To me this was a natural progression that resulted from the growth of the genre and the general move on the internet away from making virtual friends under pseudonyms to using the technology to interact with real life friends rather than strangers.

    PnP games, by contrast, are all about socialization because that is the core context in which they take place.  You set aside a set amount of time, and you have a session with a few like-minded people.  It's a very different thing from a video game, which someone plays every day or several times a week, but probably not (for most) for an extended session.  It's a different genre of game, even though it has its roots in the fantasy PnP RPG genre -- it has become something else, and this isn't really a bad thing.

  • RebelScum99RebelScum99 Mesa, AZPosts: 1,090Member
    Originally posted by Syno23
    Did you forget Dungeons, WvW, Dynamic Events, and what not. They all REQUIRE a group. So I dont know what you're talking about buddy.

    You missed the point of the post.  Dynamic Events don't require a group because they scale.  But even if they didn't scale, the grouping is done for you automatically.  So technically, there is no difference between completing a dynamic event and completing a solo quest.  Because you aren't required to do anything to complete it.  In other words, no social interaction is required.  ANET has basically takent all the difficult content in the game, and allowed you to finish it without ever uttering a word to anyone.  

    There is a difference between "group content" and "social content."

  • PravanaPravana Denver, COPosts: 48Member

    I understand. I was looking foward to all the community grouping and cooperation but it's not there. I primarary play with my husband and we have created memories we'll won't forget but honesty I cant recall the character name or real name of anyone ive run dungeons or completed content with.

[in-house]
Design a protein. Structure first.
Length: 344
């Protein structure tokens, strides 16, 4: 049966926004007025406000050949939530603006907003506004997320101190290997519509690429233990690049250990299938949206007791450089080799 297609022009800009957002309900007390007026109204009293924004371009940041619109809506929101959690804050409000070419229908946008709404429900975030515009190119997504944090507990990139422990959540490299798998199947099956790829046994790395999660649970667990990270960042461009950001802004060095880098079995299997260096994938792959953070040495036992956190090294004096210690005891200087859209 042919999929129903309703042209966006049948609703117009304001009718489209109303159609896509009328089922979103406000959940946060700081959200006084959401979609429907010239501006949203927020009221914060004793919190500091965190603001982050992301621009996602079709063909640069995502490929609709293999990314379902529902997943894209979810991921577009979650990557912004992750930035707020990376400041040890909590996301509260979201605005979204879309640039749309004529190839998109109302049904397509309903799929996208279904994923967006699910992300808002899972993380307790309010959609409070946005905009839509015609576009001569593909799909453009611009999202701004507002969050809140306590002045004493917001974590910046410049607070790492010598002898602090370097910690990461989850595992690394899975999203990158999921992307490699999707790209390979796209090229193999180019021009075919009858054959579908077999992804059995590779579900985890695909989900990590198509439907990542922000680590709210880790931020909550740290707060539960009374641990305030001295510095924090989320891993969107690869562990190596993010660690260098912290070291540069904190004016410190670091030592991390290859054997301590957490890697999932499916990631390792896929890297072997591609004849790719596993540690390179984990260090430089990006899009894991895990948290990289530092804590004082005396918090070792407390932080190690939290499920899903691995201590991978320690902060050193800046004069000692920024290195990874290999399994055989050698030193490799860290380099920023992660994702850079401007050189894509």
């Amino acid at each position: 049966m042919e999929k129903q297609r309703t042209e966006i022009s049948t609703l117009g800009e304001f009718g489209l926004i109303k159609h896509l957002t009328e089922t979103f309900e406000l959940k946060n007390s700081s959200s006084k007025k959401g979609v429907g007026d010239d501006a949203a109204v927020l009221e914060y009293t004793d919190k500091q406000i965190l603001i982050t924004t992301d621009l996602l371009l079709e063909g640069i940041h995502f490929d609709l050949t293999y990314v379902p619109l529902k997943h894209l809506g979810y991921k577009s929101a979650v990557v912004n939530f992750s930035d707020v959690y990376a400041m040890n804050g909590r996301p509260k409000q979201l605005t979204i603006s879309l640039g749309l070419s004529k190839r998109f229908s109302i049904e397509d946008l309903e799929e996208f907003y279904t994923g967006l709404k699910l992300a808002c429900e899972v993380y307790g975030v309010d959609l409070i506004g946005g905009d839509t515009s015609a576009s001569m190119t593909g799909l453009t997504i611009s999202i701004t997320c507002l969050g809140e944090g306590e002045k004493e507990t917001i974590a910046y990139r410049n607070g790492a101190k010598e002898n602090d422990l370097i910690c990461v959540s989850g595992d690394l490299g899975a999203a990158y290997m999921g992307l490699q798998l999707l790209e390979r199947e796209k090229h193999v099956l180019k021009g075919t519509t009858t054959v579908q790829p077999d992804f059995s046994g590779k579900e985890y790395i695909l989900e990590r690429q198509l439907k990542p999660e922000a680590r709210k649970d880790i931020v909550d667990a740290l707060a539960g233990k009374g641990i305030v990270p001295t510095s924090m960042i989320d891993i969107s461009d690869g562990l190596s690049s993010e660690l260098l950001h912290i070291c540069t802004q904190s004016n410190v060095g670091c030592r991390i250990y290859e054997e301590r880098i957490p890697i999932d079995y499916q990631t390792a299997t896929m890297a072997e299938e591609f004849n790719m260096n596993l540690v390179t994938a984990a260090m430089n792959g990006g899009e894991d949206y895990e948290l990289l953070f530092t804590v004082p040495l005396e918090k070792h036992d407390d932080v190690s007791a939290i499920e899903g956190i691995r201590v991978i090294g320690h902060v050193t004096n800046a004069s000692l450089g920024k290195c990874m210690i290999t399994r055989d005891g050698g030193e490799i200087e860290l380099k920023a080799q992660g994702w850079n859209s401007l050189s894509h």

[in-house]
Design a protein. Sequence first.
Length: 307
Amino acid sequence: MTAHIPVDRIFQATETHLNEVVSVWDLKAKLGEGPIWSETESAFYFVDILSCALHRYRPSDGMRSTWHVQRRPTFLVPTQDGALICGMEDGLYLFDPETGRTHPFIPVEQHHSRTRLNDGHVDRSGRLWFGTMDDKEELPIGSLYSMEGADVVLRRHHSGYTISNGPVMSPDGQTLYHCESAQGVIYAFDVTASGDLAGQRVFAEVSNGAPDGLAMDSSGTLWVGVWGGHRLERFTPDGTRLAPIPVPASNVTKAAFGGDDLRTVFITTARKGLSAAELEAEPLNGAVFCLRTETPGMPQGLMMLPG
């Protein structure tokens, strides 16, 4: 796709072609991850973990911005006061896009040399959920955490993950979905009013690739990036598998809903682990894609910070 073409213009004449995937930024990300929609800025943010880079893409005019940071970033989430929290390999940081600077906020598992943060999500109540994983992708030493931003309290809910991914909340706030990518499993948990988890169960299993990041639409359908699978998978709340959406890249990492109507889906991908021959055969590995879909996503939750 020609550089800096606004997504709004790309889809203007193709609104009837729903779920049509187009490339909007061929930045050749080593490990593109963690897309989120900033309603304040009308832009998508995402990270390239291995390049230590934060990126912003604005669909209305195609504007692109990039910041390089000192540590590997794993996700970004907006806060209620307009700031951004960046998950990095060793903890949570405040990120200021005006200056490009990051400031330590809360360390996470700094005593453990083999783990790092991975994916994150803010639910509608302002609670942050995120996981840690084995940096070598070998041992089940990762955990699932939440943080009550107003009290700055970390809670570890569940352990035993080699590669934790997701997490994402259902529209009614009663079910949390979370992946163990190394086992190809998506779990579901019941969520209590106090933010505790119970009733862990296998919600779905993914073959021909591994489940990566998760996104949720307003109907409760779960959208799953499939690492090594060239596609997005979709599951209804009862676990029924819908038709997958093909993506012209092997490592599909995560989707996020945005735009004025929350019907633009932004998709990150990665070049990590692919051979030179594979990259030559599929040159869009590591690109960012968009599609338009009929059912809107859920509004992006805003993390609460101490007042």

The disconnect is definately there. Even when the content is group based you'll have people yelling about the lack of "single player content" in an MMO no less. When I log on to GW2 people are in chat trying to help each other with quest or objectives. I see the effort being put into trying to make it a real community, but I understand OP just moving back to pen,paper and some like minded people.

    Humans need to socialize but it cant be forced.

     

    image

  • VicodinTacoVicodinTaco Erie, PAPosts: 735Member Uncommon

    I agree, but sadly I'm on the other end of the situation. 

    As I get older I feel like grouping less and less, and am enjoying how GW2 is done in tiny little chunks of achievement with a large % being solo (so far.)

     

     

     

  • RebelScum99RebelScum99 Mesa, AZPosts: 1,090Member
    Originally posted by jpnole
    OP - In the time it took you to write up that post another 10 people registered their copy of GW2 to replace you.

    Link?

  • daniel!!!daniel!!! nottinghamPosts: 400Member
    i actually have a feeling of community, i met some people in BWE 1 and we are still gaming together, we are in a guild together, constantly sharing items, heads up on events and everything plus we are always adding more people to our masses. although it is at a slow rate